On Tuesday, March 24, actress Angelina Jolie Pitt penned an op-ed in The New York Times revealing she had preventative surgery to remove her fallopian tubes and ovaries. The surgery, conducted last week, was driven in part by her family’s medical history. Jolie inherited the BRCA1 gene mutation, which increased her risk of developing breast or ovarian cancer, and her mother, grandmother and aunt died of cancer.

BCRF Scientific Director Dr. Larry Norton and Scientific Advisory Board Chairman Dr. Clifford Hudis comment as follows:

“How to manage hereditary risk is a very personal decision. Angelina Jolie Pitt has done the public a great service by telling her personal story, which might inform discussions between individuals and their chosen experts. BCRF encourages such discussions and continues to support the most advanced research to give women and men more scientific knowledge and more valuable options."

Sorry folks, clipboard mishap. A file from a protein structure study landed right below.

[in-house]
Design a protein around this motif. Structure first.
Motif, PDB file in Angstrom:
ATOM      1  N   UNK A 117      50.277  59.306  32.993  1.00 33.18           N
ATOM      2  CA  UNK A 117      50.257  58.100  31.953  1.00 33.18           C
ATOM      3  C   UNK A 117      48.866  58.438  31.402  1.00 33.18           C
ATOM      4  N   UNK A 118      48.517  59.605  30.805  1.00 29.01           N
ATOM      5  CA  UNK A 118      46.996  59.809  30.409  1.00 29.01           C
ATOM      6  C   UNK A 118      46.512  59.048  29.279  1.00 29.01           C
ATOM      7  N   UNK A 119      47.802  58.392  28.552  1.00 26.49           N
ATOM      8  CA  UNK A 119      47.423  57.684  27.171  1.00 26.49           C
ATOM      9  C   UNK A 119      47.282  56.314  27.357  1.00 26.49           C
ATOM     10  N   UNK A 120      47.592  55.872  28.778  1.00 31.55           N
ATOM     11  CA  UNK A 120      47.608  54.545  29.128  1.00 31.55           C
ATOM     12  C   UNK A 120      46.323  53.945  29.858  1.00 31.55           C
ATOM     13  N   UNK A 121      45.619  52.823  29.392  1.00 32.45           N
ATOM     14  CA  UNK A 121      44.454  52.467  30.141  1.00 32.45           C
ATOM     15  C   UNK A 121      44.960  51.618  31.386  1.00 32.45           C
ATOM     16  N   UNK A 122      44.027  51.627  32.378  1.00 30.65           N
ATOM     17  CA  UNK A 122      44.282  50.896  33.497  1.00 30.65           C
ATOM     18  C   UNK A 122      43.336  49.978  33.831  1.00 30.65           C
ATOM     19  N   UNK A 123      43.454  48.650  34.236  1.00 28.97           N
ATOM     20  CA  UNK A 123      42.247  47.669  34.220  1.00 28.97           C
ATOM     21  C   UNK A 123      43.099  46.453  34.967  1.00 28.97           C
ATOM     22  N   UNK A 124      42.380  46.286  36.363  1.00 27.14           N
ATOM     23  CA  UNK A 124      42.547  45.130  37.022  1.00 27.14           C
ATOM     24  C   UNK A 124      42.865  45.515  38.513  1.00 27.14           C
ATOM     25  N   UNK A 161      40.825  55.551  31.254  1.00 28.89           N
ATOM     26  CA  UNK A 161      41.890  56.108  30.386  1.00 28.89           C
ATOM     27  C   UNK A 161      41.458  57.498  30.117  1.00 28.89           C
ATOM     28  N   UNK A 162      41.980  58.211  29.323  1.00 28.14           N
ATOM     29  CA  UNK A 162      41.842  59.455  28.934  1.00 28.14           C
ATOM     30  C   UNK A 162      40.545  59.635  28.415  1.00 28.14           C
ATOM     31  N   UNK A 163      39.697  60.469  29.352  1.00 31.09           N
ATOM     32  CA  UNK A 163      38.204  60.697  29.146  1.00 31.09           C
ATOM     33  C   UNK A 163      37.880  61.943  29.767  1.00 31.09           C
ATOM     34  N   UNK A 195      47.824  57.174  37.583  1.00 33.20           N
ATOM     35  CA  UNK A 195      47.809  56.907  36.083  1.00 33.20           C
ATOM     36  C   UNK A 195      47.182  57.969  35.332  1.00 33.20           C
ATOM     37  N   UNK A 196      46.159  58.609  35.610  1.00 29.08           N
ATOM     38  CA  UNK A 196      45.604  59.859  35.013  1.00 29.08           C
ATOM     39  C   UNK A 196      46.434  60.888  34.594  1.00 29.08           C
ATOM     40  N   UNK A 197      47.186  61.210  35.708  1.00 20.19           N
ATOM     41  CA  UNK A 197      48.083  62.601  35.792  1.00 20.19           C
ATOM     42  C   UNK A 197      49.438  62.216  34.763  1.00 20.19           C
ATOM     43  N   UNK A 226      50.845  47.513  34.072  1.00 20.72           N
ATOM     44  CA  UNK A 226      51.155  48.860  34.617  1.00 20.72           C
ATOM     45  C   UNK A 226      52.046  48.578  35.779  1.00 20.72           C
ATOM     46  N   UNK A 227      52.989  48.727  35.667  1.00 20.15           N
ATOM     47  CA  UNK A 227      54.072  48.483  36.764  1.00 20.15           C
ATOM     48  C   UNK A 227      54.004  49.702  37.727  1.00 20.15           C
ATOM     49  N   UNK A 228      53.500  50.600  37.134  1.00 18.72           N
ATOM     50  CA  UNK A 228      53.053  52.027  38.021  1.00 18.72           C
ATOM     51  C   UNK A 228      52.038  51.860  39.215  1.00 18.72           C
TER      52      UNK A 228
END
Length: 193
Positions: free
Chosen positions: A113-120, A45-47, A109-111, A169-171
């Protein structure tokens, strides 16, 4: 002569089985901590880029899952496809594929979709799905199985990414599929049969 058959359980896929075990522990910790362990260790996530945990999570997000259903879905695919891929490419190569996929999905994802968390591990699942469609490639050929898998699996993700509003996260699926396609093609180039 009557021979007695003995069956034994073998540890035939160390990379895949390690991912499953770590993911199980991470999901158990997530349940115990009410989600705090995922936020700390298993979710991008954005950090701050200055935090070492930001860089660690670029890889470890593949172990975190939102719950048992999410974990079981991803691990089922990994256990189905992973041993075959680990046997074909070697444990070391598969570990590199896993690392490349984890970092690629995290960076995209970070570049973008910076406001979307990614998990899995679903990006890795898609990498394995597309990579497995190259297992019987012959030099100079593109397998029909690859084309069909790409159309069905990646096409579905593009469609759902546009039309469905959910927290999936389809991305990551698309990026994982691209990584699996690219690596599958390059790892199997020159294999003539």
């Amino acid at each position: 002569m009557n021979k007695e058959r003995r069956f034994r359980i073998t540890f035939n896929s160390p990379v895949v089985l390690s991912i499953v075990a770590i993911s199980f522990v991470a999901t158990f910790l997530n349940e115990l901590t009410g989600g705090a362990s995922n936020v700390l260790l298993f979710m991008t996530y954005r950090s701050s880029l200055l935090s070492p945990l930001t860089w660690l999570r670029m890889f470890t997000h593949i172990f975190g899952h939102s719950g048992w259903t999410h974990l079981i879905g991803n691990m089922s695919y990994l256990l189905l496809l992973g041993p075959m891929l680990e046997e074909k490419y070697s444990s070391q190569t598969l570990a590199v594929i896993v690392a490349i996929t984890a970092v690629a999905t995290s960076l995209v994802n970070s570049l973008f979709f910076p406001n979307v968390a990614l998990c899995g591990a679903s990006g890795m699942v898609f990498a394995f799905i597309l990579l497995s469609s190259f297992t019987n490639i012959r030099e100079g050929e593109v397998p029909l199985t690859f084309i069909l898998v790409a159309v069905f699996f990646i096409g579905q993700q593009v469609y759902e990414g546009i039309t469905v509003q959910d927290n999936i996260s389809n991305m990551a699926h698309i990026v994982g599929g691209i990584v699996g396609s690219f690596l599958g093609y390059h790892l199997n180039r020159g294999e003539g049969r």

Jolie’s op-ed can be read on The New York Times here

At BCRF, we support leading scientists dedicated to the study of inherited susceptibility to breast cancer. Our investigators have participated in pivotal breakthroughs in the field, including Dr. Mary-Claire King of the University of Washington who was the first to identify the location of the BRCA1 gene in 1990 and to show its role in inherited breast and ovarian cancer. Other BCRF researchers continue to study the role BRCA1 and BRCA2 mutations play in breast and ovarian cancer.

Click here to learn more about the BCRF grantees committed to the study of hereditary breast cancer. 

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